nutty said...

I liked the way they managed to work in the "Abolition of Parliament Act" as a minor plot point - it was mentioned by the Home Secretary, who was far too sympathetic a character.

Joe Otten said...

Owen, re disbelief.

Contrasting with V for Vendetta - there the villains are politicians grabbing dicatorial power. In spooks the villains are officials, and the offscreen PM is so weak he is about to simply hand power over to them. I find that harder to believe.

Take note, I suppose, if a PM should ever look that weak, the party should replace him - or her.

Anonymous said...

Who was it who said something like 'dictators rely on good men remaining silent'?

I think this might be the quote you referred to:

"All tyranny needs to gain a foothold is for people of good conscience to remain silent" -- Thomas Jefferson

Anonymous said...

Who let him in ? well on the clip I say, there was what looked like a traffic warden and a policeman who looked about 4ft 6ins including his helmet removing said member of banned group. The close protection squad must have been seconded to traffic for the day, as traffic seem to have acquired a dazzling array of new electonic stuff that spooks would die for.

Kerron said...

I still don't think we had adequate revenge for the death of Colin, but hey ho, life goes on...well, not for Colin.

I do have to agree that that was a frighteningly realistic lookalike of Chris Patten! :-)

ACM said...

Spooks is meant to be one step beyond reality - and this episode really did only take it one step beyond. Apart from some clumsiness ('Rowan' in place of 'Euan') it was a top episode.

I just wonder how many of the viewers realised how close it was to what could happen. The idea if a temporary detention order - surely this was an extended version of current anti-terror detention (the sort of extension the current Government wanted, incidentally). And ministers making law - this is just what is in the Legislative and Regulatory Reform Bill. Or under the existing Civil Contingencies Act - any minister can declare a state of emergency (including whips, and then may pass "Emergency regulations [to] make provision of any kind that could be made by Act of Parliament or by the exercise of the Royal Prerogative" (@22.3)

Spooks was a great plot, but I felt very uncomfortable watching it - it all seemed a little to close to reality.

Madame Mao said...

What people have failed to comment on is that in the 1970s talk of private armies and getting the right sort of chaps back in charge was rife.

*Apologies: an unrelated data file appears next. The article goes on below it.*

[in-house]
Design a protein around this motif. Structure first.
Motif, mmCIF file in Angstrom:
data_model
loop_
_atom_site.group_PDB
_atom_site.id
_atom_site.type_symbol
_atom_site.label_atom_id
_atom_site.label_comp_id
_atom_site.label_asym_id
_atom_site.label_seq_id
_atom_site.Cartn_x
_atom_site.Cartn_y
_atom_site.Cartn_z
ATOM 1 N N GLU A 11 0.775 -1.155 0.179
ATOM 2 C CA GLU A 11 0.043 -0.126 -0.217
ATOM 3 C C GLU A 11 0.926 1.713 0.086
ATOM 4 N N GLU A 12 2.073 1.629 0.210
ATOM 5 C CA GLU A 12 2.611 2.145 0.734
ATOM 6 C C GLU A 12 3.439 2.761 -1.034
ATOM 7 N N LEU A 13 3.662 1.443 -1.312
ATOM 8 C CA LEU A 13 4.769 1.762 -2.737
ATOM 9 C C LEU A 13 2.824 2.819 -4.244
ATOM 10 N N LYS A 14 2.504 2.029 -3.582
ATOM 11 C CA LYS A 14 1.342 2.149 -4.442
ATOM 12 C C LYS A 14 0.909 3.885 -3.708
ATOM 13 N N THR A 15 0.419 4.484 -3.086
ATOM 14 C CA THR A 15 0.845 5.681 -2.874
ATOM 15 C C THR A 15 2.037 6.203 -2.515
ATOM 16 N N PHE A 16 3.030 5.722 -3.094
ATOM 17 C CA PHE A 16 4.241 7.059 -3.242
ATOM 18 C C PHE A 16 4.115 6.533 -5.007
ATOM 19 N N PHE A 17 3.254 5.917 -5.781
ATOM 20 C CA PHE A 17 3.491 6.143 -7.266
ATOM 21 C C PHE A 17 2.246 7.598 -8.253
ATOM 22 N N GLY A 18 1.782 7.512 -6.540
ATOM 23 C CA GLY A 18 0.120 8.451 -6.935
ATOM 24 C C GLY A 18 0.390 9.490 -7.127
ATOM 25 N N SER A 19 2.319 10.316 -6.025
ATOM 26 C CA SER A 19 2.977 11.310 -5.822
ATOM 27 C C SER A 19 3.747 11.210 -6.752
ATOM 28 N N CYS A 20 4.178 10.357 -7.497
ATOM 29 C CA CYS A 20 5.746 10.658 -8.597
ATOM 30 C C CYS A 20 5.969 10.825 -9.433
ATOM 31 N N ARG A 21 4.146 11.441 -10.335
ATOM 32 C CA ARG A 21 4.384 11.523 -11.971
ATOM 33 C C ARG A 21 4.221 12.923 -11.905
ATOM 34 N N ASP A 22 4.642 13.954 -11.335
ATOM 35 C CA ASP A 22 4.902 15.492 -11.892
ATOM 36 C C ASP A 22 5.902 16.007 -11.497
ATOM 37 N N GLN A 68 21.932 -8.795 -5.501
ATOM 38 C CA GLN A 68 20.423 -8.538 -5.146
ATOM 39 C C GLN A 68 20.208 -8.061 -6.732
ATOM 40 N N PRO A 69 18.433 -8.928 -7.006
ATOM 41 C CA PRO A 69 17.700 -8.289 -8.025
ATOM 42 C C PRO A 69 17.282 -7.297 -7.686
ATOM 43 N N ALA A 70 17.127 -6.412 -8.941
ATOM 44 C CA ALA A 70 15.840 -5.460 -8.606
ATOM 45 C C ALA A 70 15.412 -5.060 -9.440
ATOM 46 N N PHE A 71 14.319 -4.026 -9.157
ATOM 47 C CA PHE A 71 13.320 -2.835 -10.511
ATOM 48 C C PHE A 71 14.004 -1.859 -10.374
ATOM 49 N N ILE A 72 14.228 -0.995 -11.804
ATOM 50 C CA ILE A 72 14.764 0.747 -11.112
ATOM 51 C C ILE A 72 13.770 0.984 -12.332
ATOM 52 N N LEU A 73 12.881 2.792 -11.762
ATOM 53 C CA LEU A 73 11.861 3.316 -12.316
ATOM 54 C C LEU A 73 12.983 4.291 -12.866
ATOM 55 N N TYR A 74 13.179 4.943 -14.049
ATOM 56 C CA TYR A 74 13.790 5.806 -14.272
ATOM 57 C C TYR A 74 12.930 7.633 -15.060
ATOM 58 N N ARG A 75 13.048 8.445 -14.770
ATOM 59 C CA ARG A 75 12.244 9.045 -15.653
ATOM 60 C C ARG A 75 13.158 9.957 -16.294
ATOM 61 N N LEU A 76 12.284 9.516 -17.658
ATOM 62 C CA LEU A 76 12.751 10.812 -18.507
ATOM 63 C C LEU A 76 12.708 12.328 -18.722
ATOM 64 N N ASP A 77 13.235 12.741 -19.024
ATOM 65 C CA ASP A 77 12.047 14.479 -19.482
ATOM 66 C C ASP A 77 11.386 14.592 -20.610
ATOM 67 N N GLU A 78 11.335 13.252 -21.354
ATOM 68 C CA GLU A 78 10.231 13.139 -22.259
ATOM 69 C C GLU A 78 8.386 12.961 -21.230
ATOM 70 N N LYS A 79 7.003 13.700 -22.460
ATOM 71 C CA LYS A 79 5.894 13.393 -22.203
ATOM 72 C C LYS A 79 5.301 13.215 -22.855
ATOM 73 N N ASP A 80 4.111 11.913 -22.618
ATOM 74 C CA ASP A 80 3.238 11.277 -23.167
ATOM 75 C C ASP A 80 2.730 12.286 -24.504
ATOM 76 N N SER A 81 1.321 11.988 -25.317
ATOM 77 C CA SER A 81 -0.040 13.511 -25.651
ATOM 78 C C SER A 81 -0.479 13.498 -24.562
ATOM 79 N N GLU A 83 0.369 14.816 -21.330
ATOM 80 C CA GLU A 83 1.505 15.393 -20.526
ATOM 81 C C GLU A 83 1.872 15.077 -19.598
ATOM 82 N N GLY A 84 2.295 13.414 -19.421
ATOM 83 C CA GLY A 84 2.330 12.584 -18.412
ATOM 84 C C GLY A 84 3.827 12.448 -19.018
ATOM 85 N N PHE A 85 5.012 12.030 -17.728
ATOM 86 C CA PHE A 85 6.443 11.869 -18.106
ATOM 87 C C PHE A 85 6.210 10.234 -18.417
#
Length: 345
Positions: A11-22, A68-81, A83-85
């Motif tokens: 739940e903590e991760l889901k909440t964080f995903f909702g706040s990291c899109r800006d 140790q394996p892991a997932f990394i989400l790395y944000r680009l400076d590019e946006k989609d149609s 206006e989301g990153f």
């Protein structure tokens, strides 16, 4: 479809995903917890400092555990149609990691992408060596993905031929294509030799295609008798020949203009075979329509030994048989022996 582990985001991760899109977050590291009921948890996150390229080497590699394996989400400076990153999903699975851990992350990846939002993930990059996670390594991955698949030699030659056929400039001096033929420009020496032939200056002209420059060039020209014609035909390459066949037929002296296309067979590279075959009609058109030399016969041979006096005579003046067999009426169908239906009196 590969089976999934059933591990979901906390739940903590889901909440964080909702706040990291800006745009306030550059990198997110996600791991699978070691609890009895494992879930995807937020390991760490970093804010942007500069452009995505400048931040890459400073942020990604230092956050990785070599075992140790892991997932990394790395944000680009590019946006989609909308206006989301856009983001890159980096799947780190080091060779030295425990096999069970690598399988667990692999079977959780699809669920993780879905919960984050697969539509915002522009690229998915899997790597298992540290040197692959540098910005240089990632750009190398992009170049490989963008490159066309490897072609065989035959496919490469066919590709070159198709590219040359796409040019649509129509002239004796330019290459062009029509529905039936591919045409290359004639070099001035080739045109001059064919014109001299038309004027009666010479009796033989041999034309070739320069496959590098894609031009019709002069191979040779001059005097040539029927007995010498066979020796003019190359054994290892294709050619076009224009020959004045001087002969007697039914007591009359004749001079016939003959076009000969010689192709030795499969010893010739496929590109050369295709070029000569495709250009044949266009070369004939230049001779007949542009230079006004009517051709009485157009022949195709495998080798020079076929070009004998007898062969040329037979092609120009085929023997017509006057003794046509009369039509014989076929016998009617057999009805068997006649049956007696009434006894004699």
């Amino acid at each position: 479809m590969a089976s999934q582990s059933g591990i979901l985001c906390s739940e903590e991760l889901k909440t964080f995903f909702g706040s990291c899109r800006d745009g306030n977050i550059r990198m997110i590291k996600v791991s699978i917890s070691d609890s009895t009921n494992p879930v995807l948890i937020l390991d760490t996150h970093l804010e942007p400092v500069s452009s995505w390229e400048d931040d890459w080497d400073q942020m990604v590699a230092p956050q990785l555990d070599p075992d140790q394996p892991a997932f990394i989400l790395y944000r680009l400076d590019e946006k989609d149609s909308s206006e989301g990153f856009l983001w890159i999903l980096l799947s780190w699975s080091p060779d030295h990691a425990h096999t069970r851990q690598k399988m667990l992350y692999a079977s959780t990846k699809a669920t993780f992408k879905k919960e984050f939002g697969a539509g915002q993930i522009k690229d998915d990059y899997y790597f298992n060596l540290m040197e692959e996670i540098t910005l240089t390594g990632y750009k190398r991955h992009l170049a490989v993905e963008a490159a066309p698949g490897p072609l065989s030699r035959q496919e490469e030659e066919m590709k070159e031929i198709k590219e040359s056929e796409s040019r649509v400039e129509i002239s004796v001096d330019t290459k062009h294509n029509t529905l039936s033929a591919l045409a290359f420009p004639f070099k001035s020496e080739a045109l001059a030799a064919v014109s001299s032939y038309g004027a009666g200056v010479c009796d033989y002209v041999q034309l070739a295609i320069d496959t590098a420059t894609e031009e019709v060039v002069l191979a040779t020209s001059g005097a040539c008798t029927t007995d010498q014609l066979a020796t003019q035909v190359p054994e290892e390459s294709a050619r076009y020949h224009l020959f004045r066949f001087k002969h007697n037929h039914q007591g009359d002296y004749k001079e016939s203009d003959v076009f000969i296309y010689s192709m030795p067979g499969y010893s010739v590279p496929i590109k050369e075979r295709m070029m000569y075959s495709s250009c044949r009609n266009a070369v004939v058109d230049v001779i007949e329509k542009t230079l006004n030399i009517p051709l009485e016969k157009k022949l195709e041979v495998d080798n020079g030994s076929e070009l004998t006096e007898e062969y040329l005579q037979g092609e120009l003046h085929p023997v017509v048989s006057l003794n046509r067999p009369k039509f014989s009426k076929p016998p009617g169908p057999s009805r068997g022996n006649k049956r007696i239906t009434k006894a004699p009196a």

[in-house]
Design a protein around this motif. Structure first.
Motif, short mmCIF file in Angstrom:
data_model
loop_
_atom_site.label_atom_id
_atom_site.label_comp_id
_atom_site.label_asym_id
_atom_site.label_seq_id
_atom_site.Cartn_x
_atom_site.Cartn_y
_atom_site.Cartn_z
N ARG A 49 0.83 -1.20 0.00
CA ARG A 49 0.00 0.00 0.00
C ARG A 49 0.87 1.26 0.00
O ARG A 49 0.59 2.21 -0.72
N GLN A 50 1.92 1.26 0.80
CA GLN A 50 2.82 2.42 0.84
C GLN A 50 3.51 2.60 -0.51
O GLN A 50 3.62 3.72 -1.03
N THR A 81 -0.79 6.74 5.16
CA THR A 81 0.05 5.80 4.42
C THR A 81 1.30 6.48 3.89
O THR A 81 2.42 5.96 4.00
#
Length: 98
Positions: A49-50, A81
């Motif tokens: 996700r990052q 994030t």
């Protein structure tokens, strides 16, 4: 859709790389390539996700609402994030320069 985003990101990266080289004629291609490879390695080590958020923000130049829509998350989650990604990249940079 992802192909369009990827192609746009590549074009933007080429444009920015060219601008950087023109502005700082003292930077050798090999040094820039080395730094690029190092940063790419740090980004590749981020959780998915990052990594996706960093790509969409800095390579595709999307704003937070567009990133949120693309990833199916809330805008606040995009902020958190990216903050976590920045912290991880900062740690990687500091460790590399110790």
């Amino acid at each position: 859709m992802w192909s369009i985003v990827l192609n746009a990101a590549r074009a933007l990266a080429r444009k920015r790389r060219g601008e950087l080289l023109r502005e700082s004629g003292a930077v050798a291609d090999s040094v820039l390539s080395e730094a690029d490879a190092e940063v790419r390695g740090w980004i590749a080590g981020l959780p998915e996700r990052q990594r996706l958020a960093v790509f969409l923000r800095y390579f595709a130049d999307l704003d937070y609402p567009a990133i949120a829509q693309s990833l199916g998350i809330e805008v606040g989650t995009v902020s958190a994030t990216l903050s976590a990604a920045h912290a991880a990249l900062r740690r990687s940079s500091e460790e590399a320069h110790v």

Back then I'm sure it would have been bungled with hilarious consequences in a BBC sitcom rather than getting tied up in a bloody war in the middle east.

UK Daily Pundit said...

It all seemed a bit far fetched to me. As far fetched as the extremist Muslim who gatecrashed John Reid’s speech yesterday being a New Labour patsy. He’s actually an MI5 operative. David Shayler used to play squash with him.

wonkotsane said...

The best episode ever and worryingly realistic.

Jock Coats said...

Forget the seventies. I distinctly remember one or two suggestions in places like the Sun before the 92 General Election I think it was (or 87?) that it was possible that if Labour got in there would be a coup.

Evil of Dron said...

The problem with Spooks is that it takes on issues that the present Avengers/Professionals style format is too flimsy to handle. It was not always the case. The first series brought the plot down to a very real human level. I remember the scene when Matthew Mcfadayen had to watch as his wife and daughter were blown up. He was an interesting character who developed. Now all they do is run around looking butch.

Its slick and there must be a huge budget but there is too much explantory dialogue, avoidance of any real characters that do not conform to the pc agenda and a lot of mirror flicking to suspend any shred of disbelief.

My only point of connection with the plot was when Duckface got blown up, and that was because I fancy Anna Chancellor.

Star spangled schlock from the glop-hopper. 3/10

In Like Flynn said...

I loved it...

Favourite moment, though, had to be when the MI6 agent punched 'Shami Chakrabarti' on the nose... he is not the only one that has been wanting to do that for ages!

Neil Reddin said...

It did send me off on a bit of a constitutional tangent - i.e. how far would any such "plot" have to go, in real life, before the Queen stepped in? She is supposed to be the final constitutional backstop after all.

But then we can't expect the anti-monarchist BBC to factor that in can we?

Evil of Dron said...

Nobody punches Shami Chakrabarti. She is little and cute.

The Dastards http://www.dastards.com/dastards_lyrics_shami.html

have even done a song about her.

I turn on my TV:
The only one I want to see
is Shami Chakrabarti.

Speaking with such bravery;
No-one else would dare to be
Shami Chakrabarti.

She should be running the country
At the head of her party:
Shami Chakrabarti.

She should be running the country
At the head of her party:
Shami Chakrabarti.

She's a fighter for liberty,
For kindness and decency.
She champions dignity;
Defending humanity.

I'm not getting paranoid
But human rights have been destroyed.
It's government by tabloid
And justice by androids.

So, Mr "in like flynn" - If Chakrabati gets it, your crib will look like a claret tasting convention with mass spillages.

Average guy on the street said...

Spooks rules! This week's episode was really good but far too close for comfort. These things really could happen in the current political climate.

Guillermo Vargas said...

Er, wasn't the point that MI5 could manipulate bloggers to do their bidding.

billy said...

It was that god that I watched the first episode and read a Rebus for the second.

JohninLondon said...

Sorry

I found the whole damn thing totally unconvincing.

I am surprised you were taken in by such twaddle.